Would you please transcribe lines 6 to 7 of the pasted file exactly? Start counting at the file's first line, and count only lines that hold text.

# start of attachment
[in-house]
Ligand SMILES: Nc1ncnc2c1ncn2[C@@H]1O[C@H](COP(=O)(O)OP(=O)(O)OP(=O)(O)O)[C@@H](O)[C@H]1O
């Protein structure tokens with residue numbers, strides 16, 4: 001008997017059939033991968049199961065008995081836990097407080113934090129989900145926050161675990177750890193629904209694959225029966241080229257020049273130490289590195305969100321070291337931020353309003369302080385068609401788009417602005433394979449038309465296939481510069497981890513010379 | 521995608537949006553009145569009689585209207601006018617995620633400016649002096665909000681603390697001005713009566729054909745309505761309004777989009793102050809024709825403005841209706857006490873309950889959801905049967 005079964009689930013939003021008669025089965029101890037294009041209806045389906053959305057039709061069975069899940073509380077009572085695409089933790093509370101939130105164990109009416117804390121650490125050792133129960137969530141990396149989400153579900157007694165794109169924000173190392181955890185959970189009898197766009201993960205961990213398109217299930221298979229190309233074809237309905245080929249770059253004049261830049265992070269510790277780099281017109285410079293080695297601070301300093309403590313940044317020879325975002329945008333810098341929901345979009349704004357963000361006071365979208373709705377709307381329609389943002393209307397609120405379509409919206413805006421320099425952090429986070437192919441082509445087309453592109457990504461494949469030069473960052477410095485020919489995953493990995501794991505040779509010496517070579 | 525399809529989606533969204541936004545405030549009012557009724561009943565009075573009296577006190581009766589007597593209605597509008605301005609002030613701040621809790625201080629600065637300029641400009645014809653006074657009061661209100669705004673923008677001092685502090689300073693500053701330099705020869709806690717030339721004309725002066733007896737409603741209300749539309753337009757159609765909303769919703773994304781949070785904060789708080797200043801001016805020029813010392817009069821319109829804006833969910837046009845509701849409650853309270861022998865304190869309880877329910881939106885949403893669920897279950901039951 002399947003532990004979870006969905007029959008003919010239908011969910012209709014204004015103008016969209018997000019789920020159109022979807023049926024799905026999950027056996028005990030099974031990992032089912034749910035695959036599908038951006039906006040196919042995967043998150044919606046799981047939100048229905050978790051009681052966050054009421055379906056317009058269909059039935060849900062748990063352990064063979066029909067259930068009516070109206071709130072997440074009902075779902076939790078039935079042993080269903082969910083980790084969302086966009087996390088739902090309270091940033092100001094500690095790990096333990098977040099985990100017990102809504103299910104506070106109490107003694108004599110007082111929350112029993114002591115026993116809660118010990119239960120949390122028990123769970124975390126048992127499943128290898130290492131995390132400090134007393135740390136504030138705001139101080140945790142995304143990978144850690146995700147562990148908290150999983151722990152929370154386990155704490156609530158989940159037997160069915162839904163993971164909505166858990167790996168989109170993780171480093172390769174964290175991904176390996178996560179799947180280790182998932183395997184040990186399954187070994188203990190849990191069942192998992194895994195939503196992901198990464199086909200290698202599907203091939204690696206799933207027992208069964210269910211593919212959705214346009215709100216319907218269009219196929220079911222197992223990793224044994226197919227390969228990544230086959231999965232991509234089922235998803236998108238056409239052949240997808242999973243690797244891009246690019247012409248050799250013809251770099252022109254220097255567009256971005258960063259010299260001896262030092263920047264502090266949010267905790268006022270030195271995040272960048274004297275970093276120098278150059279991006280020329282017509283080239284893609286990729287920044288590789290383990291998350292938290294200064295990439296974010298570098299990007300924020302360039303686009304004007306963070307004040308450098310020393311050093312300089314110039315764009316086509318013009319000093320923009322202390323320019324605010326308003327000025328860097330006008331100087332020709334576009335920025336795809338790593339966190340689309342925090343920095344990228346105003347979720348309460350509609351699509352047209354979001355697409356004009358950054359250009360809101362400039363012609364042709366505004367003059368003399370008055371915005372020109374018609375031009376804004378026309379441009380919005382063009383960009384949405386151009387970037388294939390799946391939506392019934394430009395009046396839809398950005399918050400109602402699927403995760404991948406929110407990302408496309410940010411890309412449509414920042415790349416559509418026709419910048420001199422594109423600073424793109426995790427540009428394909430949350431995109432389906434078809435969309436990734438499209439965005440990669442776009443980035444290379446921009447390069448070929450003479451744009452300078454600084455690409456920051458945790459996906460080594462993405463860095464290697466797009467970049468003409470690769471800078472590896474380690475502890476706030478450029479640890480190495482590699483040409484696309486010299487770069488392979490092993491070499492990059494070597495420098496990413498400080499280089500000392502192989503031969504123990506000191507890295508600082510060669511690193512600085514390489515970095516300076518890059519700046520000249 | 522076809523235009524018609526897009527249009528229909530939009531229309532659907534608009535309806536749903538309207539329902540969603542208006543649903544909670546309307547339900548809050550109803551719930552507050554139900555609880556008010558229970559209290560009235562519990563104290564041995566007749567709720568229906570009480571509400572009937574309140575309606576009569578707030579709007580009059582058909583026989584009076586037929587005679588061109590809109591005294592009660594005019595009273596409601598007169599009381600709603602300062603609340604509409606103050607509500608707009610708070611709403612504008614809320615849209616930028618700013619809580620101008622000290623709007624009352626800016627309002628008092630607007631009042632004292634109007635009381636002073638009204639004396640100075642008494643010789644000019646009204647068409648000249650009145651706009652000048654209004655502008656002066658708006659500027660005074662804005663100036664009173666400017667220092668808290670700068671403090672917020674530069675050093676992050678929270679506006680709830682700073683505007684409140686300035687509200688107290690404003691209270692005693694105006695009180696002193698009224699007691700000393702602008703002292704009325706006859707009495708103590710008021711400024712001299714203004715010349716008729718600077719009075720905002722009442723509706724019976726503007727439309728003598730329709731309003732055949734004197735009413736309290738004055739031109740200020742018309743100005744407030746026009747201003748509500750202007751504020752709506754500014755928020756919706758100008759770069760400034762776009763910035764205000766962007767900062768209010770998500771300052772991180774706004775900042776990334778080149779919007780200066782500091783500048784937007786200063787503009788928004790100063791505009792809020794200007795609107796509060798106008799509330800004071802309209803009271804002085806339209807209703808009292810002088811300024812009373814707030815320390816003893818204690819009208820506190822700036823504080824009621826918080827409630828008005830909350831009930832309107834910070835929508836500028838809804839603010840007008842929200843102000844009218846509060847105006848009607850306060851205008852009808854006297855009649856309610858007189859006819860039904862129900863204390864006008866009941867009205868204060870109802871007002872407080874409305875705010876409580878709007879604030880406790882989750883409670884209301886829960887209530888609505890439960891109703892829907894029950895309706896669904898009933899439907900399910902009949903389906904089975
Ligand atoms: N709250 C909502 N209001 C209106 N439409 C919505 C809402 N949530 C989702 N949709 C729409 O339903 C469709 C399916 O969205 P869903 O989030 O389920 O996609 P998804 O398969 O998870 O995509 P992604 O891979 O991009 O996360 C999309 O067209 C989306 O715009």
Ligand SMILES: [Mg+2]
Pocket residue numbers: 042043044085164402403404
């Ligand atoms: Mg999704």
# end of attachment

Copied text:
Pocket residue numbers: 042043044085164402403404
């Ligand atoms: Mg999704």